T&M 045: Andrew J Brooksbank 'From Arthaus To Bauhaus 1972-1979'
THE UNTOLD STORY CHRONICLING THE ORIGINS OF BAUHAUS
TOME & METRE BOOKS PROUDLY PRESENT:
‘From Arthaus To Bauhaus 1972-79’
by Andrew J Brooksbank
T&M 045 / ISBN: 978-1-8380116-1-1
Fully endorsed by Daniel Ash, David J and Kevin Haskins
Tome & Metre Publishing are absolutely thrilled and delighted to announce our second book publication; we have been working closely with renowned Bauhaus archivist and expert Andrew Brooksbank for the past nine months and are now ready to share this exciting book news with you.
Uncovering the hitherto unknown, pre-Bauhaus musical (mis)adventures of Daniel Ash, David J and Kevin Haskins, this meticulously researched book gives voice to those who shared those Bowie, glam and punk influenced times.
Boasting extensive, all new interviews with both a fascinating parade of Northampton’s nascent new wavers, as well as Ash and the Haskins brothers themselves, the reader learns of the many bands setting out, searching for stardom and paying their dues in pubs and clubs throughout the 1970s.
Peter Murphy’s journey to Bauhaus is also referenced throughout, as the band’s convoluted story is told up to and including the recording and initial triumph of Bela Lugosi’s Dead in 1979.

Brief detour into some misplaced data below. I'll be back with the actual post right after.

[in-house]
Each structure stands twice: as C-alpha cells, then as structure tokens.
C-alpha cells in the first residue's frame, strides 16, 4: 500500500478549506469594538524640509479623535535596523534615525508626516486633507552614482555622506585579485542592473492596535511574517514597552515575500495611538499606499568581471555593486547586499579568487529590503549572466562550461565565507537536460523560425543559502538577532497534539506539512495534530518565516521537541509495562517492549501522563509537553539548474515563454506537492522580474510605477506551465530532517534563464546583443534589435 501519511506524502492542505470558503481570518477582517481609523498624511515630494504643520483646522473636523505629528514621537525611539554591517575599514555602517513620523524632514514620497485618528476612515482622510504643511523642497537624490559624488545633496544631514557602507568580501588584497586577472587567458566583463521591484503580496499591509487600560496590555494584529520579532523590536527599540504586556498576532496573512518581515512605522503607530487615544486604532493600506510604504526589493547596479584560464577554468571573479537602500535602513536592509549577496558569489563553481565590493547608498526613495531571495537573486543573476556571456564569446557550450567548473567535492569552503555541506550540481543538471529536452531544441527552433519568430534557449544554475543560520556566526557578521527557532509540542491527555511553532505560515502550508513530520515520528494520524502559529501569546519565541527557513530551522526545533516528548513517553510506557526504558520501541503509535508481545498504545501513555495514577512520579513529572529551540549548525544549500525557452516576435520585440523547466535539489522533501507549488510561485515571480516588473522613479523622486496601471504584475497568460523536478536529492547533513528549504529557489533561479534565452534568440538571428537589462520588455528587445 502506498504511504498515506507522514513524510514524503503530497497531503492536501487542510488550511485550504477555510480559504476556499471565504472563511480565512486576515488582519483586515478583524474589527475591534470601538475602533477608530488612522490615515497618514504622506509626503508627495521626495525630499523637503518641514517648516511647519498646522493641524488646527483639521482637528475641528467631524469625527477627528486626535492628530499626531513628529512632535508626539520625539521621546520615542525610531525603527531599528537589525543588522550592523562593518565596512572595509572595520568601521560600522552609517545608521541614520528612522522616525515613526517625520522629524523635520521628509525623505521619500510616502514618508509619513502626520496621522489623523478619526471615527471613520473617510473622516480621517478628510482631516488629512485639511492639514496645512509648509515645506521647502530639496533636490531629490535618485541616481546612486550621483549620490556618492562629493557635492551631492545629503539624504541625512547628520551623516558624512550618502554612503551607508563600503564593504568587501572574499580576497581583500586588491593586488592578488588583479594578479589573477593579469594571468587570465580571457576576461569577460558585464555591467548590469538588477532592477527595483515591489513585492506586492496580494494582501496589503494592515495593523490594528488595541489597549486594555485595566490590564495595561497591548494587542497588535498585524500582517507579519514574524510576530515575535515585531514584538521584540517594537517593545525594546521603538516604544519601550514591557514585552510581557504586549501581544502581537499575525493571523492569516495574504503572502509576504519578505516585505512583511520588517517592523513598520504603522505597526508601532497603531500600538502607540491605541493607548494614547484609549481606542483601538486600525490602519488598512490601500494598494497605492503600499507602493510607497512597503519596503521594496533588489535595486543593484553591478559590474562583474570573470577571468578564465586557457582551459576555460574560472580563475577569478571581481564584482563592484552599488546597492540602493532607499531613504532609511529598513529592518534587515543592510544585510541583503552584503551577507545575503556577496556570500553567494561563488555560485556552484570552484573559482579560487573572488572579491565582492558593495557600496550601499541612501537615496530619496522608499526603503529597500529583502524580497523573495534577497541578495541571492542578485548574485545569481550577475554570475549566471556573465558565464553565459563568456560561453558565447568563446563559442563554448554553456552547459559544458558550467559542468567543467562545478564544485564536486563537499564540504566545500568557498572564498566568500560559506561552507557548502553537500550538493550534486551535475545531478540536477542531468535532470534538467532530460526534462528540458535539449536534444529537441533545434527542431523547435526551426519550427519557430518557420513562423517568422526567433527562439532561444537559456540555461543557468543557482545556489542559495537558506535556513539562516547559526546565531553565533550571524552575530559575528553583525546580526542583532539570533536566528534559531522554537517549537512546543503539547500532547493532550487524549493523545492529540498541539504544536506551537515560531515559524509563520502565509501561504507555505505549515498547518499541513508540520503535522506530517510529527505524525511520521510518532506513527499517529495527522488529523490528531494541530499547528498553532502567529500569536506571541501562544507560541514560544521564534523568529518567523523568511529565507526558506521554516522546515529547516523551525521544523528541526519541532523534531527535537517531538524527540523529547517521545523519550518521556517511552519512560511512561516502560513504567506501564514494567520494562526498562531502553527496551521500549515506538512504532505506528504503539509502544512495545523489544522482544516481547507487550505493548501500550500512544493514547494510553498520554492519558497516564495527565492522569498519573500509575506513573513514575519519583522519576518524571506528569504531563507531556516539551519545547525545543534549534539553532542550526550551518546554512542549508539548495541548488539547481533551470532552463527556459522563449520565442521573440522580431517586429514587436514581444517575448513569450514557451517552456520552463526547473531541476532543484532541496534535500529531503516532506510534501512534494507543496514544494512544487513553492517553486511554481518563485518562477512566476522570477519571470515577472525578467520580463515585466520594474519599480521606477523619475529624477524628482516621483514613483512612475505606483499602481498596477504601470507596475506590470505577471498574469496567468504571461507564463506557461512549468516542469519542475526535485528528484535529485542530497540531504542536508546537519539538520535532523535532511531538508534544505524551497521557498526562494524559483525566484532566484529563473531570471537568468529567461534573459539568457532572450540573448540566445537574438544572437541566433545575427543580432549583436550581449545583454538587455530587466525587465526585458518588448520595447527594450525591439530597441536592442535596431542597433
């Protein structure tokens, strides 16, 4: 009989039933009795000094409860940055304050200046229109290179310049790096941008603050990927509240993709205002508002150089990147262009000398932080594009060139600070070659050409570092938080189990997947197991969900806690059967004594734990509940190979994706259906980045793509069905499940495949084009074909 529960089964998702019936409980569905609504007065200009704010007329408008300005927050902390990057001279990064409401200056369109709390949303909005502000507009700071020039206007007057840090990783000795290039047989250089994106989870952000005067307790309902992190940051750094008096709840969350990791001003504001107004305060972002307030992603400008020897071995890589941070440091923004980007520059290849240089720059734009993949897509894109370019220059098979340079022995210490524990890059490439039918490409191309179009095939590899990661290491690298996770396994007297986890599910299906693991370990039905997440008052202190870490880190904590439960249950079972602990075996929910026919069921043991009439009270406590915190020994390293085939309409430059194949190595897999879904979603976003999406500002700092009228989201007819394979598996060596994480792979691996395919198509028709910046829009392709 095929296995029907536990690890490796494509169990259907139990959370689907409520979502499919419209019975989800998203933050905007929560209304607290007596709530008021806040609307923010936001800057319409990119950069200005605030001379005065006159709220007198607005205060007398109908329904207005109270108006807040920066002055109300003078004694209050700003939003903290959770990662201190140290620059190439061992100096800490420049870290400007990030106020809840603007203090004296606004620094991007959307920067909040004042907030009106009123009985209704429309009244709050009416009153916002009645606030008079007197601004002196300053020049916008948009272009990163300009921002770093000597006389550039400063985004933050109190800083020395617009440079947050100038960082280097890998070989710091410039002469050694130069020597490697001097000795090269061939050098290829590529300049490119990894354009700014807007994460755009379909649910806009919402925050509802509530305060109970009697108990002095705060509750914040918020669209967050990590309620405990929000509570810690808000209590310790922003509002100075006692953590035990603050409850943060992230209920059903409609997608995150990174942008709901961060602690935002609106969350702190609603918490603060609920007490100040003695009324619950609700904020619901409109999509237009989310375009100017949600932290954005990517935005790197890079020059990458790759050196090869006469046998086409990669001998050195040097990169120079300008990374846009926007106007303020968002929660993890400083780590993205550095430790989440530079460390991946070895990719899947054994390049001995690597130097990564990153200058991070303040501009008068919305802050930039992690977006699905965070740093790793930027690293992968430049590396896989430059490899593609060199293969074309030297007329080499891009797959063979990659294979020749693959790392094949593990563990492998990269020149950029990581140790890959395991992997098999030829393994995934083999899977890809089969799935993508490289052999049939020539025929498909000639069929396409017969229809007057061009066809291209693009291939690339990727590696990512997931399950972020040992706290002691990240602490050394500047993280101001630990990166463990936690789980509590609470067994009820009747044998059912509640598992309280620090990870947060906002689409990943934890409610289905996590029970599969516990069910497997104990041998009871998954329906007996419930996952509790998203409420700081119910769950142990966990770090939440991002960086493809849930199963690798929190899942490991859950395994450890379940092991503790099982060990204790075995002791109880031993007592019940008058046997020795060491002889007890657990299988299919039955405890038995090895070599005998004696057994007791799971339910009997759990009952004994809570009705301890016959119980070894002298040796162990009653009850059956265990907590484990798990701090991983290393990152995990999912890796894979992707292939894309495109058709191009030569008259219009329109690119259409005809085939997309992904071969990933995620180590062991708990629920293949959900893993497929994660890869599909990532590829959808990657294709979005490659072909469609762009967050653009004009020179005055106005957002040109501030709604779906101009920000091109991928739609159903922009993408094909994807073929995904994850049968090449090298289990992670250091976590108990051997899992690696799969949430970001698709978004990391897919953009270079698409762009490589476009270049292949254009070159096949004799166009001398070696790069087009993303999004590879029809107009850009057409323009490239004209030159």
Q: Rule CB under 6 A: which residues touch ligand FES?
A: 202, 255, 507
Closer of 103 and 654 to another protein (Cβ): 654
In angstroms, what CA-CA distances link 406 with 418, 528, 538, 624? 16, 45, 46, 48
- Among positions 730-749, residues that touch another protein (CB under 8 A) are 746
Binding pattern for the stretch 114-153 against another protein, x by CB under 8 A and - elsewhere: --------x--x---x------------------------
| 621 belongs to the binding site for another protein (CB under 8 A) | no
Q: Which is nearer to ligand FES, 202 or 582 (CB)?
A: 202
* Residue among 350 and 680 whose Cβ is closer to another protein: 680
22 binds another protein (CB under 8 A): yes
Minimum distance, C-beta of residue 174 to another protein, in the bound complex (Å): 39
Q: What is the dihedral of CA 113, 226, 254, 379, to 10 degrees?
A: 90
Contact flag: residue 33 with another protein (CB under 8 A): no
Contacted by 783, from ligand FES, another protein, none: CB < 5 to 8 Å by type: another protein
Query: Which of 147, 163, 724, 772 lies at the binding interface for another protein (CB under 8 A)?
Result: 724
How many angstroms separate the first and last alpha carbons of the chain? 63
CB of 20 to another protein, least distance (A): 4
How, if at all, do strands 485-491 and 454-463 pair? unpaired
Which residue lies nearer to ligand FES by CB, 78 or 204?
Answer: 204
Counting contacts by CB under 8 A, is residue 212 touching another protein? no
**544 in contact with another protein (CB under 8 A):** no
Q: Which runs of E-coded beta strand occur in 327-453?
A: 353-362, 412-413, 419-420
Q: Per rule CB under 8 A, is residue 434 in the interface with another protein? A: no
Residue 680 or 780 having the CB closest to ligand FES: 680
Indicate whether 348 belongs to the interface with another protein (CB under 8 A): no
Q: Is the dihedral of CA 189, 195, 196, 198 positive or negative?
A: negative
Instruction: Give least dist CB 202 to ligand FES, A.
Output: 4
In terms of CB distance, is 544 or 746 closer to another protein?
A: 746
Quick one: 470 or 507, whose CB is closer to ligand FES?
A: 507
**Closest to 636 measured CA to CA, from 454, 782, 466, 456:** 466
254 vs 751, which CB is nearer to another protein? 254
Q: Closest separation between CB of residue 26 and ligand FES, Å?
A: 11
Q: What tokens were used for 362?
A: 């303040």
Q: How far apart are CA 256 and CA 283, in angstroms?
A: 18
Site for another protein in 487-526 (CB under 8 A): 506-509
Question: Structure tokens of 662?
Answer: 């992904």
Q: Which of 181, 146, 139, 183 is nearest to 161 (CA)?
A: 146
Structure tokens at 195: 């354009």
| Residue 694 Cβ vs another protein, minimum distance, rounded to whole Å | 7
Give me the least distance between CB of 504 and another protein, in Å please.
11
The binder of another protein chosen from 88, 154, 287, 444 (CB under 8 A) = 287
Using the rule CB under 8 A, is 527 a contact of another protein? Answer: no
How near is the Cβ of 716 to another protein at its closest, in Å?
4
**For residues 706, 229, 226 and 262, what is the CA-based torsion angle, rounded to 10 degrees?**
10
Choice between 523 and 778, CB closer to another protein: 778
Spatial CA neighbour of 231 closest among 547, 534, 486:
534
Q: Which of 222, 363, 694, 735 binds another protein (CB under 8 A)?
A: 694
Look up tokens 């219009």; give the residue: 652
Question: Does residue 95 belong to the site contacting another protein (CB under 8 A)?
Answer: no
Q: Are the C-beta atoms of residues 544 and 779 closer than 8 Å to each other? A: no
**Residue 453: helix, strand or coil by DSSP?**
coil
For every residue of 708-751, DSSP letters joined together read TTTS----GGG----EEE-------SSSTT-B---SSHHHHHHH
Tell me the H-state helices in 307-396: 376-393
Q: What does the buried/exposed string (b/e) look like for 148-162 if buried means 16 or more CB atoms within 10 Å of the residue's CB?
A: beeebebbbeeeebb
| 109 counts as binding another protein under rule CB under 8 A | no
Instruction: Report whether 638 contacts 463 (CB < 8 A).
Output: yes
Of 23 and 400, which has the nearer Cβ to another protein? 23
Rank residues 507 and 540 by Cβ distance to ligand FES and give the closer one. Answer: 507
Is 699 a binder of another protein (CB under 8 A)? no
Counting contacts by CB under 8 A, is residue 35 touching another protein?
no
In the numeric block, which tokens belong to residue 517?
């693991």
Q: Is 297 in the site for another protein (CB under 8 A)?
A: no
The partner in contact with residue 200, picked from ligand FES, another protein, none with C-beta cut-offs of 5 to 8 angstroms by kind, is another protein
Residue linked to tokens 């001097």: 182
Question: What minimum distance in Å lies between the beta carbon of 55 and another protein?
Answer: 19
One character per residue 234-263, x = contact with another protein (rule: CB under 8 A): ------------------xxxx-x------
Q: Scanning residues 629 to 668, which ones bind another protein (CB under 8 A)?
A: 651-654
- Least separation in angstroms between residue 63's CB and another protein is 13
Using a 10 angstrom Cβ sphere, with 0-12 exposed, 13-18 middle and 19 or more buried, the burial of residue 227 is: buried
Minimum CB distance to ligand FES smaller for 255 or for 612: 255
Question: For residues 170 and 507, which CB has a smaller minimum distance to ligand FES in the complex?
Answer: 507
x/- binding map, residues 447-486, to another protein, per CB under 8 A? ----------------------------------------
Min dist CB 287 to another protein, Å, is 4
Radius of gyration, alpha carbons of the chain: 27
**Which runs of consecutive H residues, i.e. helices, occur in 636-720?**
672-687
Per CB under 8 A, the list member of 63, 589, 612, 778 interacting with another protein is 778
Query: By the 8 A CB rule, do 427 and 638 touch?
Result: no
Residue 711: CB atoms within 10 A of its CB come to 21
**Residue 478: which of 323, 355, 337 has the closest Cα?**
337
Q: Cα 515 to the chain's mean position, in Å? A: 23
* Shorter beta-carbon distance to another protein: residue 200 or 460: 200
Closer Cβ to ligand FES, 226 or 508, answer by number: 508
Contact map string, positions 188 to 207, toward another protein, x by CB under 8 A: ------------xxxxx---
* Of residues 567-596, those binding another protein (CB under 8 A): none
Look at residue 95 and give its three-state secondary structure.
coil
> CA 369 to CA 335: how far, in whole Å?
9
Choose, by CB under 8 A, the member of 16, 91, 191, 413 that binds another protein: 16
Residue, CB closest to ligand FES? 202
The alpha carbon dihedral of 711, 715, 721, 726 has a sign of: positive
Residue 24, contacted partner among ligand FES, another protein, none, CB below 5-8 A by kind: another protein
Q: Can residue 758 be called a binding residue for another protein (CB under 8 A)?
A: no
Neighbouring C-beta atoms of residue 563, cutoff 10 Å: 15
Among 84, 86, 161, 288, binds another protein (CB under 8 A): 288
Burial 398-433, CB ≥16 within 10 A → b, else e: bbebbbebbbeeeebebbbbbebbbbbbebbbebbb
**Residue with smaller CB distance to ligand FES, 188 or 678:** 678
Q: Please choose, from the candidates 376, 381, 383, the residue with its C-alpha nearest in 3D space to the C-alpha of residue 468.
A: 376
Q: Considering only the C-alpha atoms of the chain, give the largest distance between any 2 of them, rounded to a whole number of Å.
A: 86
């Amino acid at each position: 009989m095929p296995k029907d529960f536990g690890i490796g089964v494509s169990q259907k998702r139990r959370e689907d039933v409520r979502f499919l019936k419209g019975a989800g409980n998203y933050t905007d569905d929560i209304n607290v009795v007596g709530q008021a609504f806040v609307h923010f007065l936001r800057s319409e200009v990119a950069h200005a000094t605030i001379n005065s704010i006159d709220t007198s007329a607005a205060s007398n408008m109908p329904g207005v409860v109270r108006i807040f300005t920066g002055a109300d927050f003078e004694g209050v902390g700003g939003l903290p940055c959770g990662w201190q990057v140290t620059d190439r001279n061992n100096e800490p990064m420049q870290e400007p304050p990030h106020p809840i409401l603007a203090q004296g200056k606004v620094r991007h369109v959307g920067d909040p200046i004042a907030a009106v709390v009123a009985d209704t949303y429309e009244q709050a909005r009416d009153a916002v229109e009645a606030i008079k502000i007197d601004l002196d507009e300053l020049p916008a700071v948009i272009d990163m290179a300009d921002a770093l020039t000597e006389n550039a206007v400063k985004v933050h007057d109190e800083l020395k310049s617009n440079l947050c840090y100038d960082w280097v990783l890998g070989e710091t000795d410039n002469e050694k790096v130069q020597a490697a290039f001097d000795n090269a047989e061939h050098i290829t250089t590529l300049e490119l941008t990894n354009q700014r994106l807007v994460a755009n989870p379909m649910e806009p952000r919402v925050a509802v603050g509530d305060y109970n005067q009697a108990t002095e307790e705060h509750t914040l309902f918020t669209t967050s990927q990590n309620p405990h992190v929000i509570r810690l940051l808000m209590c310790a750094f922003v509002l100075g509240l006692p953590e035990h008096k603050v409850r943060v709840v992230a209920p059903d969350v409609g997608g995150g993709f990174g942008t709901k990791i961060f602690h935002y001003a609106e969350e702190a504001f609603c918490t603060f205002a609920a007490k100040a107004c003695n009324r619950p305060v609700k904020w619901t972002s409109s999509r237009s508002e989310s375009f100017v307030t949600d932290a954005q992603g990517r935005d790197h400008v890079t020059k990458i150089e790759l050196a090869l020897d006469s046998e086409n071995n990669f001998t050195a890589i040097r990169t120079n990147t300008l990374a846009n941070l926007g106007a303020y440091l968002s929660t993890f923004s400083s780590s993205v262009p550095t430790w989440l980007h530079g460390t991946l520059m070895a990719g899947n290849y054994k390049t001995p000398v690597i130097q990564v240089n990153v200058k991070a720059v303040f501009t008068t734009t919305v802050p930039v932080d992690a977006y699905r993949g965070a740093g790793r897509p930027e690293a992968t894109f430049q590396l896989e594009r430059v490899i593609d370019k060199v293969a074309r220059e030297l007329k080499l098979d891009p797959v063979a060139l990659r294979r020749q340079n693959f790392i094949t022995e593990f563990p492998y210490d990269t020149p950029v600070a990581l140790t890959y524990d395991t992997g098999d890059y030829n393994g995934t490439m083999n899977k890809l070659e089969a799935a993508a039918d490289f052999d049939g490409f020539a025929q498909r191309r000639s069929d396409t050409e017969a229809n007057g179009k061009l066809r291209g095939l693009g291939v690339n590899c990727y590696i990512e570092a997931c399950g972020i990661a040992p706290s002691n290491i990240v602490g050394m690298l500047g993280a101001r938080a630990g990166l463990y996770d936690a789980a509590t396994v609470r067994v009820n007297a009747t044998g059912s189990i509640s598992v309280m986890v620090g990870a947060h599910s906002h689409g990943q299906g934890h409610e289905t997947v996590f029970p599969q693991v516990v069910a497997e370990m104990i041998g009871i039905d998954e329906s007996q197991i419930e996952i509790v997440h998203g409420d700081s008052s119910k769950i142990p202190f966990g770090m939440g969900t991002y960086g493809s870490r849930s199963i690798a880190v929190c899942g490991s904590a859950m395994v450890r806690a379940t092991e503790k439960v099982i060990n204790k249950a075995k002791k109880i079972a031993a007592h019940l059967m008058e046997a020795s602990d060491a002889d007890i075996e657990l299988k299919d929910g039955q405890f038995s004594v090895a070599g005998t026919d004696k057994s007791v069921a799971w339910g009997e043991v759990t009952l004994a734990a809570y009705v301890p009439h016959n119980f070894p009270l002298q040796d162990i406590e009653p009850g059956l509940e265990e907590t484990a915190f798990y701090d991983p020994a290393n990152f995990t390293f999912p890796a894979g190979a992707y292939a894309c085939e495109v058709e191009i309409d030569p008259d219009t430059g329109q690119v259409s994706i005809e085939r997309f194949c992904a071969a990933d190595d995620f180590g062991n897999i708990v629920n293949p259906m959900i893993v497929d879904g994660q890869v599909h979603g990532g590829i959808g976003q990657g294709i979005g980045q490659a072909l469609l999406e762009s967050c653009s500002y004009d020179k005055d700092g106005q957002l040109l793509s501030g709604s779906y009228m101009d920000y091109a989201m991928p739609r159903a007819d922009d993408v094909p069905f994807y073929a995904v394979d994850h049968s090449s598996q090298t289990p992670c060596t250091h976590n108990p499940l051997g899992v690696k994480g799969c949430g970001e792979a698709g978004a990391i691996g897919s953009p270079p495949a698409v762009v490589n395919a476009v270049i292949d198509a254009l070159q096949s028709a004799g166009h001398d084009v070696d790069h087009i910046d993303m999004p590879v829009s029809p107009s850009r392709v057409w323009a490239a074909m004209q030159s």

Andrew’s book grabs this seminal band’s formative shadow and shines a revealing light into their previously unexplored alcove of alchemy.
Brooksbank has been affectionately referred to by David J as an “invaluable ‘tenacious truffle pig’ adept in the unearthing of minutia and obscure facts”, thus Andrew’s new book will be indispensable to those researching Northampton’s music history and is not only a must-have for every Bauhaus fan and collector, but also for anyone who has struggled to make it in a band, with all those back-of-the-van to gigs rock ‘n’ roll tales of near-success, calamity and crazy occurrences.
Copiously illustrated with approximately 200 (the majority of which are) previously unseen photos and ephemera, this really is a book “strewn with time’s dead flowers”.